Technology 4 min read

Snatch Ransomware Bypasses Antivirus Apps by Rebooting PCs

Researchers discovered a new strain of Snatch ransomware that penetrates enterprise networks by rebooting PCs to Safe Mode, bypassing antivirus solutions.

Andrey_Popov / Shutterstock.com

Andrey_Popov / Shutterstock.com

Cybersecurity researchers just discovered a new strain of Snatch ransomware that can bypass a personal computer’s security solution by rebooting it to Windows Safe Mode.

The said trick is reportedly new, said the Sophos Managed Threat Response (MTR) team and SophosLabs researchers who discovered it. Once the said ransomware infects a computer, it will execute its file encryption process immediately.

Since October, the Sophos team has been working with an organization that reported a ransomware outbreak in its network. The researchers explained in a press release:

“The ransomware, which calls itself Snatch, sets itself up as a service that will run during a Safe Mode boot. It the quickly reboots the computer into Safe Mode, and in the rarefied Safe Mode environment, where most software (including security software) doesn’t run, Snatch encrypts the victims’ hard drives.”

The Snatch Ransomware

Sophos analysts allegedly encountered the Snatch ransomware about a year ago. They believe that the people behind the said malware have been actively operating since the summer of 2018 and that the Safe Mode feature has only been added recently.

The researchers claimed that the Snatch ransomware is not one to be taken lightly. Andrew Brandt, a principal researcher from Sophos, said:

“SophosLabs feels that the severity of the risk posed by ransomware which runs in Safe Mode cannot be overstated and that we needed to publish this information as a warning to the rest of the security industry, as well as to end-users.”

According to Brandt, the Snatch malware they discovered includes a ransomware component and a data stealer. However, it’s not capable of running on other OS platforms except Windows.

Penetrating Enterprise Networks

In one cybercriminal forum, the Sophos team found messages posted by what they suspect as the threat actors behind the Snatch malware. The alleged cybercriminals refer to themselves as the Snatch Team.

The hackers appear to have adopted the “active automated attack” model. Apparently, they seek to penetrate enterprise networks by using automated brute-force attacks on vulnerable, exposed services.

A post in Russian by a certain BulletToothTony seems to support the alleged modus operandi. The threat actor was soliciting assistance in the said kind of attack. He was actively looking for people with access to company RDP, VNC, TeamViewer, Webshell, SQL injections in corporate networks.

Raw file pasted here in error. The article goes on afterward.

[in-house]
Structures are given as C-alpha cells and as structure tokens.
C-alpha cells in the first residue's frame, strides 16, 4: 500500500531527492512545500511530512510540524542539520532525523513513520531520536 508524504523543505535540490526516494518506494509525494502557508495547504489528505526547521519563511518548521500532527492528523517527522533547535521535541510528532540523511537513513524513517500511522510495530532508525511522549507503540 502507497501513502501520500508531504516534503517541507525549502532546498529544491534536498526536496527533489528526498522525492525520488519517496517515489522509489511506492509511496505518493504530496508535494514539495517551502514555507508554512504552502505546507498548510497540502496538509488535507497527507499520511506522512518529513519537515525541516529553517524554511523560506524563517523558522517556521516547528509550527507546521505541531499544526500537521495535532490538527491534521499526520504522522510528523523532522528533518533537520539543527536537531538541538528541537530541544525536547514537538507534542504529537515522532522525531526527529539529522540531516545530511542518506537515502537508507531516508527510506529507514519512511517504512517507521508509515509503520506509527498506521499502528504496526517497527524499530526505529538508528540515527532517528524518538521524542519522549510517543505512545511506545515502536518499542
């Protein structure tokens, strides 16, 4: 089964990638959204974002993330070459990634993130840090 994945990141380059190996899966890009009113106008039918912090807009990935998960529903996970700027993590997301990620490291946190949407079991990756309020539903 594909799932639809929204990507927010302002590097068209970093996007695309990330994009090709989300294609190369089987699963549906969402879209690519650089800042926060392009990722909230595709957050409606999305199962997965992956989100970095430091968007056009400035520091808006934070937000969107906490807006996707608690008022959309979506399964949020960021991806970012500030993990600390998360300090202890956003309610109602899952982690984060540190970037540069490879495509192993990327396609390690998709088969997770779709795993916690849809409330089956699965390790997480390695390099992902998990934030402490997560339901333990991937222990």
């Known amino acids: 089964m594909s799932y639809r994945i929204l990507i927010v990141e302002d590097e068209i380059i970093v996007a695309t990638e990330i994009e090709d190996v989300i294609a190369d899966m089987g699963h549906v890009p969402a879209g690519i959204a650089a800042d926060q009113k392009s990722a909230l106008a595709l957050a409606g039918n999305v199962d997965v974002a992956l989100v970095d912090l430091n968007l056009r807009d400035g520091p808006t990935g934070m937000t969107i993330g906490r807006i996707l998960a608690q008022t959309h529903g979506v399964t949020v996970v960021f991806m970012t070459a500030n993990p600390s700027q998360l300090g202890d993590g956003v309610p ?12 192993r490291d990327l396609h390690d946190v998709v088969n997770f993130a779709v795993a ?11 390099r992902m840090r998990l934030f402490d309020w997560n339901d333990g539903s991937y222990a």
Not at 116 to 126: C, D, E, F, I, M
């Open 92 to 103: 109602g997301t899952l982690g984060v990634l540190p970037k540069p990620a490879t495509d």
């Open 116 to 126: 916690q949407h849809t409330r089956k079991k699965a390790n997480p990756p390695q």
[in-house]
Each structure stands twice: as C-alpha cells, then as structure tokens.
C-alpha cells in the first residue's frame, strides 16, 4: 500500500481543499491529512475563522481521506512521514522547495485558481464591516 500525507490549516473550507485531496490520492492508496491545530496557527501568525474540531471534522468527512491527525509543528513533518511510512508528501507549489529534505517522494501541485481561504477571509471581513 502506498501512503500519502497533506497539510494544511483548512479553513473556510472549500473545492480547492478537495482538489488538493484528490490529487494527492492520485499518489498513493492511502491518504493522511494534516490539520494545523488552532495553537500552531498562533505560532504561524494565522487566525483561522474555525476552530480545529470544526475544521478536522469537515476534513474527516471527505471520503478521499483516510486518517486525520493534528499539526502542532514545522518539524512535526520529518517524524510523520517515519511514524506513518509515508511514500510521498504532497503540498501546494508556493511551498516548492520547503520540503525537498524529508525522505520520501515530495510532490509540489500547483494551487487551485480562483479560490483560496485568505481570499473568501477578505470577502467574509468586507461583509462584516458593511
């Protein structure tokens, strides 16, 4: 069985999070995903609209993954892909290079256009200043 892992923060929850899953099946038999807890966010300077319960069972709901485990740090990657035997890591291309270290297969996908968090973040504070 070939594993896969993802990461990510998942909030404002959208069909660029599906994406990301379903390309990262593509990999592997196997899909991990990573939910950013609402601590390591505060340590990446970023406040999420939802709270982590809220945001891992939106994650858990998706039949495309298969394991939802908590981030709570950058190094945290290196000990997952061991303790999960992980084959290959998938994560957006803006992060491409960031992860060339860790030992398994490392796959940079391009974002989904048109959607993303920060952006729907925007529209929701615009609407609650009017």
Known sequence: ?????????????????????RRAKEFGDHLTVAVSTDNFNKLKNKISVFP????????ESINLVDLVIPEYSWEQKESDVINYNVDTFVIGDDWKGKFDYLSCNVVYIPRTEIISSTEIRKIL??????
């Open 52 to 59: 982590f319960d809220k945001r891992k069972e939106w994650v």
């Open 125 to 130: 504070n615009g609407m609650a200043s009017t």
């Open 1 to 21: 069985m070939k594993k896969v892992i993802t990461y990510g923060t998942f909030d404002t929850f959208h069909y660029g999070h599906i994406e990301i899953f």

A post by BulletToothTony about the Snatch Ransomware
A post by BulletToothTony, a suspected threat actor behind the Snatch Ransomware | Screenshot by Andrew Brandt / SophosLabs

Aside from looking for affiliates, BulletToothTony also posted an offer to train other interested individuals on how to use the Snatch malware for free. The “best students” would have the chance to be a part of the Snatch team and would reportedly gain access to their infrastructure and customized server running Metasploit.

How to Protect Yourself from Snatch Ransomware

If you’re worried about your network’s safety, here’s a detailed list released by SophosLabs on how you can protect your organization from Snatch ransomware. For the full report, click here.

  • As we’ve been urging organizations to do for a while now, Sophos recommends that organizations of any size refrain from exposing the Remote Desktop interface to the unprotected internet. Organizations that wish to permit remote access to machines should put them behind a VPN on their network, so they cannot be reached by anyone who does not have VPN credentials.
  • The Snatch attackers also expressed interest in contracting with or hiring, criminals who are capable of breaching networks using other types of remote access tools, such as VNC and TeamViewer, as well as those with experience using Web shells or breaking into SQL servers using SQL injection techniques. It stands to reason that these types of internet-facing services also pose significant risks if left unattended.
  • Likewise, organizations should immediately implement multifactor authentication for users with administrative privileges, to make it more difficult for attackers to brute force those account credentials.
  • For Sophos customers, it is imperative that all users are running the most current endpoint protection, and enable the CryptoGuard feature within Intercept X.

Read More: Researchers Develop Time-Traveling Solid State Drive To Fight Ransomware Attacks

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Rechelle Ann Fuertes

Rechelle is the current Managing Editor of Edgy. She's an experienced SEO content writer, researcher, social media manager, and visual artist. She enjoys traveling and spending time anywhere near the sea with her family and friends.

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